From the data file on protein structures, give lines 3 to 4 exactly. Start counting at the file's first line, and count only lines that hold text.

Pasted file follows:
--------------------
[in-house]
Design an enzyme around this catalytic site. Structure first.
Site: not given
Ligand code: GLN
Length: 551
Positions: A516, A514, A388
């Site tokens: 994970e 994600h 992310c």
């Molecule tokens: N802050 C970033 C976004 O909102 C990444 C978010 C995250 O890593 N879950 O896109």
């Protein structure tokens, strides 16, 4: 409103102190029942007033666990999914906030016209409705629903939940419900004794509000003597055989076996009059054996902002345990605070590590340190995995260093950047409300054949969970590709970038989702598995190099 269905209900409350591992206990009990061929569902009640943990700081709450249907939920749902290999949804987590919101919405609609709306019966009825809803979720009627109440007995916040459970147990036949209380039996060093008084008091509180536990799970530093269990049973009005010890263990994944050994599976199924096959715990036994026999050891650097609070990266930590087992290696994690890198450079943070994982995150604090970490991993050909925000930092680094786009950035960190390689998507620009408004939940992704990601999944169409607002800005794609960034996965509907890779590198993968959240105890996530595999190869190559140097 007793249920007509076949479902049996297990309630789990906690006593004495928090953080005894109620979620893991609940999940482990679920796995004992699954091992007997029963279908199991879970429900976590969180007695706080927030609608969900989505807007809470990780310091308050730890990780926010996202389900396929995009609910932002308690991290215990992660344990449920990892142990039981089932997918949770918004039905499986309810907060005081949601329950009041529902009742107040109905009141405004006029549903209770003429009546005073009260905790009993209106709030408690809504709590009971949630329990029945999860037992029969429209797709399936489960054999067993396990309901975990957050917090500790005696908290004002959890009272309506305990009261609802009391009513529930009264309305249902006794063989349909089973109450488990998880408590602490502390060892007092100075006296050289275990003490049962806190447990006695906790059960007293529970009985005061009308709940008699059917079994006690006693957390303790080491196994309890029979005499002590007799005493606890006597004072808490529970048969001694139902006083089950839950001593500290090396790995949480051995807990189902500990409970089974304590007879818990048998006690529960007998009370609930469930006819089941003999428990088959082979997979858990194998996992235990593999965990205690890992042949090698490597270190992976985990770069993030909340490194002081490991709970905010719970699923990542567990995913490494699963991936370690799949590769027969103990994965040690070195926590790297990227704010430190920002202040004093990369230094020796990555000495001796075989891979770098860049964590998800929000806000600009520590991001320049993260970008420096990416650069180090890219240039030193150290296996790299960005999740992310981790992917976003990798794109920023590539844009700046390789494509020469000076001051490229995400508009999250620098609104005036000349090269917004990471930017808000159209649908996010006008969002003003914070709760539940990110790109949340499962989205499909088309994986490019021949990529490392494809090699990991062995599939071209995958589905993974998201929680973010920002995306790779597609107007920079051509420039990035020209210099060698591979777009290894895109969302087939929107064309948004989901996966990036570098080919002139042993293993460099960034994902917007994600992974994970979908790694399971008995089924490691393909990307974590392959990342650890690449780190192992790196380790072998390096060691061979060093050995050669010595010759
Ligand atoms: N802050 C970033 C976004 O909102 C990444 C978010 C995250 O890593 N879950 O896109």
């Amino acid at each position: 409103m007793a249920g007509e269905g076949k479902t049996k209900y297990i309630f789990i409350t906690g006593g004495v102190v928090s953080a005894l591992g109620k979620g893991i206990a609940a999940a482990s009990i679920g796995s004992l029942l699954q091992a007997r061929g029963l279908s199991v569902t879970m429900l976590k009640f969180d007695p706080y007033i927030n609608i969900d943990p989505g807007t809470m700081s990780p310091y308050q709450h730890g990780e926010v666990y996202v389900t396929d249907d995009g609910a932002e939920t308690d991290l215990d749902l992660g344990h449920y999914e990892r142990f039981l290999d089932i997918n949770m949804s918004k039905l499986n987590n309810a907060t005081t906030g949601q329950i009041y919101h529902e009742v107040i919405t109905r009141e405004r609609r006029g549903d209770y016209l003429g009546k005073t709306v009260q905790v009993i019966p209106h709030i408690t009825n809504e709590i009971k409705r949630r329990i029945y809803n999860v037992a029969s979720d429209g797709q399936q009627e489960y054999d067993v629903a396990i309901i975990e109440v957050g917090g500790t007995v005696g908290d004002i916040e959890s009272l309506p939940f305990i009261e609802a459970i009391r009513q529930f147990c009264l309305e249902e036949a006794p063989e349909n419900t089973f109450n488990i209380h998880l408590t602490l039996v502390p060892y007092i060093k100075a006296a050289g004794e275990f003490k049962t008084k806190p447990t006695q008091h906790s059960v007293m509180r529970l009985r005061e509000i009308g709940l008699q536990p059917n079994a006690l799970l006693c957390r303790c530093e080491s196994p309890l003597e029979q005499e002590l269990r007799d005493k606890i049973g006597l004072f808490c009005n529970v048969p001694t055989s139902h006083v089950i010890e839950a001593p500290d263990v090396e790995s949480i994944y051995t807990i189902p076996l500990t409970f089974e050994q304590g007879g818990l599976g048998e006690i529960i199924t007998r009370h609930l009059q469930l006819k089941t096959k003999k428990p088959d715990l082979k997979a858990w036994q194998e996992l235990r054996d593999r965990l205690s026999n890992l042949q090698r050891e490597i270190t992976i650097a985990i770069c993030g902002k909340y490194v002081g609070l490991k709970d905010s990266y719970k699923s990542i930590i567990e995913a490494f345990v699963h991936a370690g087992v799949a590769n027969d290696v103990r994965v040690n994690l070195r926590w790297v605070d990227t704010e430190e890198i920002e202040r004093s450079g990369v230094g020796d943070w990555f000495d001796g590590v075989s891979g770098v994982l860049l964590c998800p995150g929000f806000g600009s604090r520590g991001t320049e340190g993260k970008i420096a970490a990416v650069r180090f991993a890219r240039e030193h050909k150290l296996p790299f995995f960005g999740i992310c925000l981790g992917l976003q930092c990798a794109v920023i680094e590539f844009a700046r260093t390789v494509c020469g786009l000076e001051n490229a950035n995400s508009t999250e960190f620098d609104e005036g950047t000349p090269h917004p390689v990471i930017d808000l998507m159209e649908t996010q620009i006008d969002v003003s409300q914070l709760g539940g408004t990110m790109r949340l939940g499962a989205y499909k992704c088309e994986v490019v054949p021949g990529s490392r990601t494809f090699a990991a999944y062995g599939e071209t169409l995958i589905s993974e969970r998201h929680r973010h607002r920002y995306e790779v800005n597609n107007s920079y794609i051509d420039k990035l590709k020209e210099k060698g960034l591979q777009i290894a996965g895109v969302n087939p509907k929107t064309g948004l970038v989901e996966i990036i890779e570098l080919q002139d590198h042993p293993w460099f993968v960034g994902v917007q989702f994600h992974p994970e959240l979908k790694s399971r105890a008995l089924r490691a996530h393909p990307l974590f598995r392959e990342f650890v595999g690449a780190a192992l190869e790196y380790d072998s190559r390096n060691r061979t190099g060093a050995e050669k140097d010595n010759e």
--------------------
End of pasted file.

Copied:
Site: not given
Ligand code: GLN